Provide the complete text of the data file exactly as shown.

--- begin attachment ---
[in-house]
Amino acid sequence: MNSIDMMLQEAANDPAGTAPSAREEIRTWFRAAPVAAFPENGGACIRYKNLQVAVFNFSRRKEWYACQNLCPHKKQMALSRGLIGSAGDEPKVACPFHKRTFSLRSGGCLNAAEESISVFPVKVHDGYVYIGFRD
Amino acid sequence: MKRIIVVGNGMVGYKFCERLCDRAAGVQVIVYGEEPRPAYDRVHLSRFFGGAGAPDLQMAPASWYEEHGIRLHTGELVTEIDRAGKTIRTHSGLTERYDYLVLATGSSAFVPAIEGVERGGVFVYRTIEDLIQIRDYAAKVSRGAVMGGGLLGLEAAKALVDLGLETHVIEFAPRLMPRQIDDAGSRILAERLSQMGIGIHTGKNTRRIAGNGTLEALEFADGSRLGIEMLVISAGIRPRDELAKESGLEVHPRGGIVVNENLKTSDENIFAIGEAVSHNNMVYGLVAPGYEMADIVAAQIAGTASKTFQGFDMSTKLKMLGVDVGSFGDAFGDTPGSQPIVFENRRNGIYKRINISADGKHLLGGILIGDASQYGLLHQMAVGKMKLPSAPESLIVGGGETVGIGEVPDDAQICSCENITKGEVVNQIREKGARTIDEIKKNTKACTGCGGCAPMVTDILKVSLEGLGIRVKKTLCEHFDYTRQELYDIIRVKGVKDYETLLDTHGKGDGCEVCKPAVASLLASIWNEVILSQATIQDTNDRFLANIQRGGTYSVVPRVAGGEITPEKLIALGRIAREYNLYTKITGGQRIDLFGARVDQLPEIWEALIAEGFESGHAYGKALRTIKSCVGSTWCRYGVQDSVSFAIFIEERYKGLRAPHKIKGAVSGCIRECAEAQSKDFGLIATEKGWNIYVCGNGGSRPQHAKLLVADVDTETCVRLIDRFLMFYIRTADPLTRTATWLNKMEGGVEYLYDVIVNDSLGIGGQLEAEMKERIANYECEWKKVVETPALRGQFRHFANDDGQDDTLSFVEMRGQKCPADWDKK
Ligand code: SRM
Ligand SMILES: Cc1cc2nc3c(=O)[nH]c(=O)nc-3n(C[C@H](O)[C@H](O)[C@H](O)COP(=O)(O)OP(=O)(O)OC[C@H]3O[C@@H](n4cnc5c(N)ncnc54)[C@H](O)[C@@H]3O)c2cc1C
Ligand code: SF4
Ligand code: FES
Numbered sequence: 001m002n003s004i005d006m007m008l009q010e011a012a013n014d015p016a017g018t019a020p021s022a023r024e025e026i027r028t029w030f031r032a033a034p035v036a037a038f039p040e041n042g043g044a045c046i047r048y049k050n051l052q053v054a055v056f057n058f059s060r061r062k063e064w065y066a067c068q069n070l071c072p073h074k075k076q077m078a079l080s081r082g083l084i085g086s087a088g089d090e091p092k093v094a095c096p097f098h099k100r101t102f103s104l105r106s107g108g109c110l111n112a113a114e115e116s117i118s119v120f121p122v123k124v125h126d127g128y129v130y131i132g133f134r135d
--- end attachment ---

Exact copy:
[in-house]
Amino acid sequence: MNSIDMMLQEAANDPAGTAPSAREEIRTWFRAAPVAAFPENGGACIRYKNLQVAVFNFSRRKEWYACQNLCPHKKQMALSRGLIGSAGDEPKVACPFHKRTFSLRSGGCLNAAEESISVFPVKVHDGYVYIGFRD
Amino acid sequence: MKRIIVVGNGMVGYKFCERLCDRAAGVQVIVYGEEPRPAYDRVHLSRFFGGAGAPDLQMAPASWYEEHGIRLHTGELVTEIDRAGKTIRTHSGLTERYDYLVLATGSSAFVPAIEGVERGGVFVYRTIEDLIQIRDYAAKVSRGAVMGGGLLGLEAAKALVDLGLETHVIEFAPRLMPRQIDDAGSRILAERLSQMGIGIHTGKNTRRIAGNGTLEALEFADGSRLGIEMLVISAGIRPRDELAKESGLEVHPRGGIVVNENLKTSDENIFAIGEAVSHNNMVYGLVAPGYEMADIVAAQIAGTASKTFQGFDMSTKLKMLGVDVGSFGDAFGDTPGSQPIVFENRRNGIYKRINISADGKHLLGGILIGDASQYGLLHQMAVGKMKLPSAPESLIVGGGETVGIGEVPDDAQICSCENITKGEVVNQIREKGARTIDEIKKNTKACTGCGGCAPMVTDILKVSLEGLGIRVKKTLCEHFDYTRQELYDIIRVKGVKDYETLLDTHGKGDGCEVCKPAVASLLASIWNEVILSQATIQDTNDRFLANIQRGGTYSVVPRVAGGEITPEKLIALGRIAREYNLYTKITGGQRIDLFGARVDQLPEIWEALIAEGFESGHAYGKALRTIKSCVGSTWCRYGVQDSVSFAIFIEERYKGLRAPHKIKGAVSGCIRECAEAQSKDFGLIATEKGWNIYVCGNGGSRPQHAKLLVADVDTETCVRLIDRFLMFYIRTADPLTRTATWLNKMEGGVEYLYDVIVNDSLGIGGQLEAEMKERIANYECEWKKVVETPALRGQFRHFANDDGQDDTLSFVEMRGQKCPADWDKK
Ligand code: SRM
Ligand SMILES: Cc1cc2nc3c(=O)[nH]c(=O)nc-3n(C[C@H](O)[C@H](O)[C@H](O)COP(=O)(O)OP(=O)(O)OC[C@H]3O[C@@H](n4cnc5c(N)ncnc54)[C@H](O)[C@@H]3O)c2cc1C
Ligand code: SF4
Ligand code: FES
Numbered sequence: 001m002n003s004i005d006m007m008l009q010e011a012a013n014d015p016a017g018t019a020p021s022a023r024e025e026i027r028t029w030f031r032a033a034p035v036a037a038f039p040e041n042g043g044a045c046i047r048y049k050n051l052q053v054a055v056f057n058f059s060r061r062k063e064w065y066a067c068q069n070l071c072p073h074k075k076q077m078a079l080s081r082g083l084i085g086s087a088g089d090e091p092k093v094a095c096p097f098h099k100r101t102f103s104l105r106s107g108g109c110l111n112a113a114e115e116s117i118s119v120f121p122v123k124v125h126d127g128y129v130y131i132g133f134r135d